Guilt by association: Not all facial recognition is the same


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We’re only about a month away from Apple delivering the iPhone X and the the supposed cognoscenti are still hooting and hurling rocks at it from across the river, as our ancestors did whenever they saw something they didn’t understand.

Writing for ZDNet, Steve Ranger just can’t even with this.

“iPhone X: Sorry Apple, but I just can’t face using Face ID.” (Tip o’ the antlers to @JonyIveParody.)

It is a magical time for face puns. Relish these days, headline writers. We shall not see their like again.

The iPhone X is putting facial recognition front and centre—so why does it leave me frowning?

Because it just reminds you that everything is futile and we’re all destined for the grave? The Macalope gets that.

One of the most interesting aspects of Apple’s forthcoming iPhone X is the way you unlock it.

It’s called Butt ID.

Which is kind of a misnomer because you actually use your dongle to unlock.

Please enjoy the buffet.

No, no, it’s Face ID and works:

Even in the dark. Even if you grow a beard.

Even in a moat? Even with a goat?

Yes, in a moat. Yes, with a goat.

Apple promises that using facial recognition will be more secure than using a fingerprint.

But… what if it isn’t?

…a few of the security concerns are perhaps a bit overblown…

But… what if they weren’t?

However, there are still a few things that make me reluctant to use it.

First, for a smartphone I’d argue that a fingerprint is actually the easiest replacement for the password: it’s less controversial than using your face and probably even faster.

Both are biometric data and both are stored in the secure enclave in the same fashion, but Face ID is “controversial” which is to say that a lot of people who are wrong about it are very upset. We really need to stop taking into account the feelings of the perpetually wrong.

There is also no evidence that Touch ID is faster from trigger to unlock, although it does seem like it would be in some use cases. You can, as Ranger notes, unlock your phone in your pocket with Touch ID, something that may not be impossible with Face ID but is surely a lot harder, depending on the size of your face and your pocket.

“What are you doing?”

“Ahm unrocking mah phoon!”

“Er… I think we should see other people, Martin.”

Face ID is in the iPhone X so Apple can ship a large-screen phone in a smaller form factor. That’s it. It’s weird how none of these articles seems to mention that, they just make it seem like Apple’s unilaterally deciding to ditch Touch ID for no good reason.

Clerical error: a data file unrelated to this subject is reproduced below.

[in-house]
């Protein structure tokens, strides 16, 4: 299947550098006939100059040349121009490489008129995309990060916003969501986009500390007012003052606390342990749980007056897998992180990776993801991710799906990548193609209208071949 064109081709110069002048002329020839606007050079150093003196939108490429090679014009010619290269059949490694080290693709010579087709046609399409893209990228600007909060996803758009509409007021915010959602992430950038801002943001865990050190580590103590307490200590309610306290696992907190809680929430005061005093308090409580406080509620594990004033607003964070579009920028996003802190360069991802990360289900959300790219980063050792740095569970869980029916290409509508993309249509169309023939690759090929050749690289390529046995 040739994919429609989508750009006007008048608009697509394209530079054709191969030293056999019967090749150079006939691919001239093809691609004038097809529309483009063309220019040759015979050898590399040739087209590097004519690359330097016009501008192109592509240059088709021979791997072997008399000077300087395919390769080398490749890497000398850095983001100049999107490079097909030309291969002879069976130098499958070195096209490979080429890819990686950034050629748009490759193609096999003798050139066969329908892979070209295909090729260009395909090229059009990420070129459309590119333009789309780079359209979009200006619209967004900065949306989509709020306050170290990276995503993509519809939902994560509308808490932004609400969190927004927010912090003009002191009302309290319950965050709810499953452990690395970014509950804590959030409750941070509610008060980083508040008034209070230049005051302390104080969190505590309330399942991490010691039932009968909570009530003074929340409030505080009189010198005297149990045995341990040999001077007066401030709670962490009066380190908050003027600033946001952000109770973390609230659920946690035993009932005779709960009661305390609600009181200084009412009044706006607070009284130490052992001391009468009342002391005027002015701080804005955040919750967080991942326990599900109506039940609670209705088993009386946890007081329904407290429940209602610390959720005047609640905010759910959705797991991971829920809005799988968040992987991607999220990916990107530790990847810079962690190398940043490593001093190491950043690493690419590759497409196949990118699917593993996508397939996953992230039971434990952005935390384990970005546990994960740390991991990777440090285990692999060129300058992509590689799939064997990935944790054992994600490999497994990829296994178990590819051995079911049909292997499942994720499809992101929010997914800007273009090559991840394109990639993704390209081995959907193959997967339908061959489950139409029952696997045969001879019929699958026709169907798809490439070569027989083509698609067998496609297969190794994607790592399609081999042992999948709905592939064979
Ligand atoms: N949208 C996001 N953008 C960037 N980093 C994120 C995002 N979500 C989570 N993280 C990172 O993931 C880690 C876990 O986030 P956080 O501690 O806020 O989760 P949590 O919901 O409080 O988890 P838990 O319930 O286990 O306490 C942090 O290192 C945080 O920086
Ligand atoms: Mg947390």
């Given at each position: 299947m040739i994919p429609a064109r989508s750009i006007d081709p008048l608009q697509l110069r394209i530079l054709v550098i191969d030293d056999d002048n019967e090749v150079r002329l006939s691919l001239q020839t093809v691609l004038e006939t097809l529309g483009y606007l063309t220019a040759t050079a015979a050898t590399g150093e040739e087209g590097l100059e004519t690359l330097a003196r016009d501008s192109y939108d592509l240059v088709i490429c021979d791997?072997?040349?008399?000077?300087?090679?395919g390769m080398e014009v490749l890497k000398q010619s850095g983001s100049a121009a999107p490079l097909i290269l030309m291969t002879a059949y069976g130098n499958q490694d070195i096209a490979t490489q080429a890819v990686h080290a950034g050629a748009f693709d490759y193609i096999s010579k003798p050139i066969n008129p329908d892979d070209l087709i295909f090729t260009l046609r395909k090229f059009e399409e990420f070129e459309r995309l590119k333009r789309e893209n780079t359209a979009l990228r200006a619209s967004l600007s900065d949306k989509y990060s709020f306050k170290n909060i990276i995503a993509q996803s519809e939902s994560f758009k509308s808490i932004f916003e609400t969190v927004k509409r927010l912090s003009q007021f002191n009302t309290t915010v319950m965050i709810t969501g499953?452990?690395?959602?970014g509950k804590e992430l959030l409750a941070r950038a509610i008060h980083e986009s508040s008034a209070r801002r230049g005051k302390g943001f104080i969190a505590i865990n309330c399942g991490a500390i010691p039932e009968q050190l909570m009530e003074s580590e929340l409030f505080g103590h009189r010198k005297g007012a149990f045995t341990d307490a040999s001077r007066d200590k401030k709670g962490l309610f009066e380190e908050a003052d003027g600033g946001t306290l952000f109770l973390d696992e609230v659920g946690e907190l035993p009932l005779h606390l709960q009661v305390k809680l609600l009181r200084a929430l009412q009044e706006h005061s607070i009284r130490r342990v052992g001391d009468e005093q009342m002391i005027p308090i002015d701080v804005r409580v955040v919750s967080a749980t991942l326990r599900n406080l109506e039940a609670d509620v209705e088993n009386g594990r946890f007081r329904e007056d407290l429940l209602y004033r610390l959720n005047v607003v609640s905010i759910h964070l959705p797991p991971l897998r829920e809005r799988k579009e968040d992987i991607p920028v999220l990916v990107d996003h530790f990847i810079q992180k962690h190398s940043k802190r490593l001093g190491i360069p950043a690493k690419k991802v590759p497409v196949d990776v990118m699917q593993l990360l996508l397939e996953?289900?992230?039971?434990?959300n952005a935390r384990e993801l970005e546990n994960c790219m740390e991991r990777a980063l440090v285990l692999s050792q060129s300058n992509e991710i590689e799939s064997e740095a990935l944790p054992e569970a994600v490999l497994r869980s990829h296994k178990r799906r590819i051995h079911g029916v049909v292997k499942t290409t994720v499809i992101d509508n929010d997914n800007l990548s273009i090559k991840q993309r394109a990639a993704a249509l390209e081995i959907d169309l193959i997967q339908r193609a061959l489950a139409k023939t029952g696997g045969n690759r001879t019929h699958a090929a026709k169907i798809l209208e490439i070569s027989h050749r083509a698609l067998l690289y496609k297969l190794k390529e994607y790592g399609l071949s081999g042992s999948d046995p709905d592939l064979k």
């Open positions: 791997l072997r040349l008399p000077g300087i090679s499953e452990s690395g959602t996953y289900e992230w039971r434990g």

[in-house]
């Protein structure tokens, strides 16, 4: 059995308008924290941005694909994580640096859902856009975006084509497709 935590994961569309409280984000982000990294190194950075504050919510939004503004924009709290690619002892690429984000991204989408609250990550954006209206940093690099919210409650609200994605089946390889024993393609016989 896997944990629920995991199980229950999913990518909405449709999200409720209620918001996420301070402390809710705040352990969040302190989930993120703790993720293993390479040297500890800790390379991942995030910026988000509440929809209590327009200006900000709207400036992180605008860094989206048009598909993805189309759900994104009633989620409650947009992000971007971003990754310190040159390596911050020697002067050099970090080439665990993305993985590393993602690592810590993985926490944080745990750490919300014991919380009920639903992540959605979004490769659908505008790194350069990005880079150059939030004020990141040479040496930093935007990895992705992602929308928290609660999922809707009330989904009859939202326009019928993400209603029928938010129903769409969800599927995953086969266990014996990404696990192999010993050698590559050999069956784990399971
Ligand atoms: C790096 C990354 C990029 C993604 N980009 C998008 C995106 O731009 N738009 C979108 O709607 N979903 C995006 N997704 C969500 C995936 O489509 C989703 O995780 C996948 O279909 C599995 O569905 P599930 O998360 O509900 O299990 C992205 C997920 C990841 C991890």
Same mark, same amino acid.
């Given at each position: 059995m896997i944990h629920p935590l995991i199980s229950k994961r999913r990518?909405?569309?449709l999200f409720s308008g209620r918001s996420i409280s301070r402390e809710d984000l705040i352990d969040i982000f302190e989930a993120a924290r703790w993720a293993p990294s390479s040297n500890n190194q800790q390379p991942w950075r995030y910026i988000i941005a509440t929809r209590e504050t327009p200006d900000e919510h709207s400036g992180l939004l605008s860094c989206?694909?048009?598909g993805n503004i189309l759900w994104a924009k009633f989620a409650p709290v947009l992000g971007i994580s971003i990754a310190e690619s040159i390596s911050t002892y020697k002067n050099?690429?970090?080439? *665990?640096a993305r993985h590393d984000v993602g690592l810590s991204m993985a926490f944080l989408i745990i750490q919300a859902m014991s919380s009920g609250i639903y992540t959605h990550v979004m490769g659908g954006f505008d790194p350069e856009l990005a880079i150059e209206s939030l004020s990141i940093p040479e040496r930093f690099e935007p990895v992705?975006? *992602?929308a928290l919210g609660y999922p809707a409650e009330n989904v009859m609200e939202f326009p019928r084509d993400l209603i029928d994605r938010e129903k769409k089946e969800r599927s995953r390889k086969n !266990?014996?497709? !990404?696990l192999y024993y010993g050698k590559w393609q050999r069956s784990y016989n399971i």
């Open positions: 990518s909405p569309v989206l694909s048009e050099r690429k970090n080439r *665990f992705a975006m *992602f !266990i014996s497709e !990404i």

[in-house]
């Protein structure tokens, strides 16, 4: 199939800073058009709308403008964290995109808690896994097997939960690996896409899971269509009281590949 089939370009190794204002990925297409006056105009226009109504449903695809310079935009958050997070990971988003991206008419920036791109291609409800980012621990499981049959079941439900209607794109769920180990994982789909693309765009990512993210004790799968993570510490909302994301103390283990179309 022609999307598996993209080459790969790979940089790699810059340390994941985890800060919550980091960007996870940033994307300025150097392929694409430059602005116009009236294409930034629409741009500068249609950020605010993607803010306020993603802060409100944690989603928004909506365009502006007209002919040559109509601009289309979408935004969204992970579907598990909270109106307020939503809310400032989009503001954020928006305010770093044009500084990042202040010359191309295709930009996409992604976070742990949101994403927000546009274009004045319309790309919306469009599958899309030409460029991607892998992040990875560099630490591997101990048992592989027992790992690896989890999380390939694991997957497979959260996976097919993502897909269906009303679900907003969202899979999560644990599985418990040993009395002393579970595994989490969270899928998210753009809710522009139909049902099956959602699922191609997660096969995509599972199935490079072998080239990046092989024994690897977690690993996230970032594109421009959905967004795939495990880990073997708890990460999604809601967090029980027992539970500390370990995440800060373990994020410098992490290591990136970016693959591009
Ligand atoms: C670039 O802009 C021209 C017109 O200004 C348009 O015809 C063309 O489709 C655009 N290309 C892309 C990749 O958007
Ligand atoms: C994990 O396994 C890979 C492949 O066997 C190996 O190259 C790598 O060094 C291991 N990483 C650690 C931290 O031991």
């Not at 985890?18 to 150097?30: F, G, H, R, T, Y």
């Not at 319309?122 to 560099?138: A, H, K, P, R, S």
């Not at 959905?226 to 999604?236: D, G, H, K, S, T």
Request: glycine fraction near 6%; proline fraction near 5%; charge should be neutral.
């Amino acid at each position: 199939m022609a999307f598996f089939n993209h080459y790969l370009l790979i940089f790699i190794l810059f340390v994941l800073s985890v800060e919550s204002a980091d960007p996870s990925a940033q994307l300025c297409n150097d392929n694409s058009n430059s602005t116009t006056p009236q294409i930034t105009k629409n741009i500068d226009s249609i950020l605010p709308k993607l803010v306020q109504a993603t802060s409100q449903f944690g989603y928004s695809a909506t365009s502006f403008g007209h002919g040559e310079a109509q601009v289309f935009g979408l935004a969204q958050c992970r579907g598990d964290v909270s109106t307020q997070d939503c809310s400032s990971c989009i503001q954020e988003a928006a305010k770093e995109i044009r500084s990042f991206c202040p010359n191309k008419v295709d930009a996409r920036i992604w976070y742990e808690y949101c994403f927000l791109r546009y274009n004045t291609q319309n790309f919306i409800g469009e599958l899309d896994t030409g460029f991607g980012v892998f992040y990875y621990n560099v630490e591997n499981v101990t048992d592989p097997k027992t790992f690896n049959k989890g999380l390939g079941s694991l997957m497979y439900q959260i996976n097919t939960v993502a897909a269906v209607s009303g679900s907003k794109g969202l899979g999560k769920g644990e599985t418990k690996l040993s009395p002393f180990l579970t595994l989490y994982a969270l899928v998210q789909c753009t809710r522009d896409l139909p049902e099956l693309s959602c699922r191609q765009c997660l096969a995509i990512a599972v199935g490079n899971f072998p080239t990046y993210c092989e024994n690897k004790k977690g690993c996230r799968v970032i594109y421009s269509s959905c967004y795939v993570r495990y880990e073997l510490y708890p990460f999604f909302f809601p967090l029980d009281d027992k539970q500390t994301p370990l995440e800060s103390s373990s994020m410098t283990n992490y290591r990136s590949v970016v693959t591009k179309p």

Facial recognition on smartphones is not that new. I’ve used it on a few handsets before, and always found it wanting.

Probably the same on the iPhone X. Sure. Not really worth waiting until it ships to find out if it’s better or worse. Best to type this up now and avoid the rush.

A number of retailers are already using facial recognition to track shoppers—and shoplifters. Moscow is adding facial recognition to its network of security cameras, according to reports.

Which they did because of Face ID? No. They did because Russia is a totalitarian state (coming soon to a state near you) and retailers don’t care about you meat sacks. Those things are certainly bad, but they’re pretty independent of Face ID.

“Some websites use cookies to track you! Henceforth I shall not use websites.”

“Uh, there’s another op-“

“No, no! No more websites.”

The Macalope thinks there is a point to be made about Face ID normalizing facial recognition in unlocking smartphones and thus making it easier for other companies less concerned about privacy to ship shoddier implementations. Unsophisticated users might think facial unlocking is facial unlocking and it doesn’t matter what phone it’s on. But the thing is, this is the job of the tech press: to point out where it’s good and where it’s bad. Not to intimate that all these technologies are the same thing and a pox on everything.

There are some good reasons not to use biometric data as a convenience to unlock your phone. People not understanding Apple’s implementation and conflating it with other uses of facial technology are not really among them.

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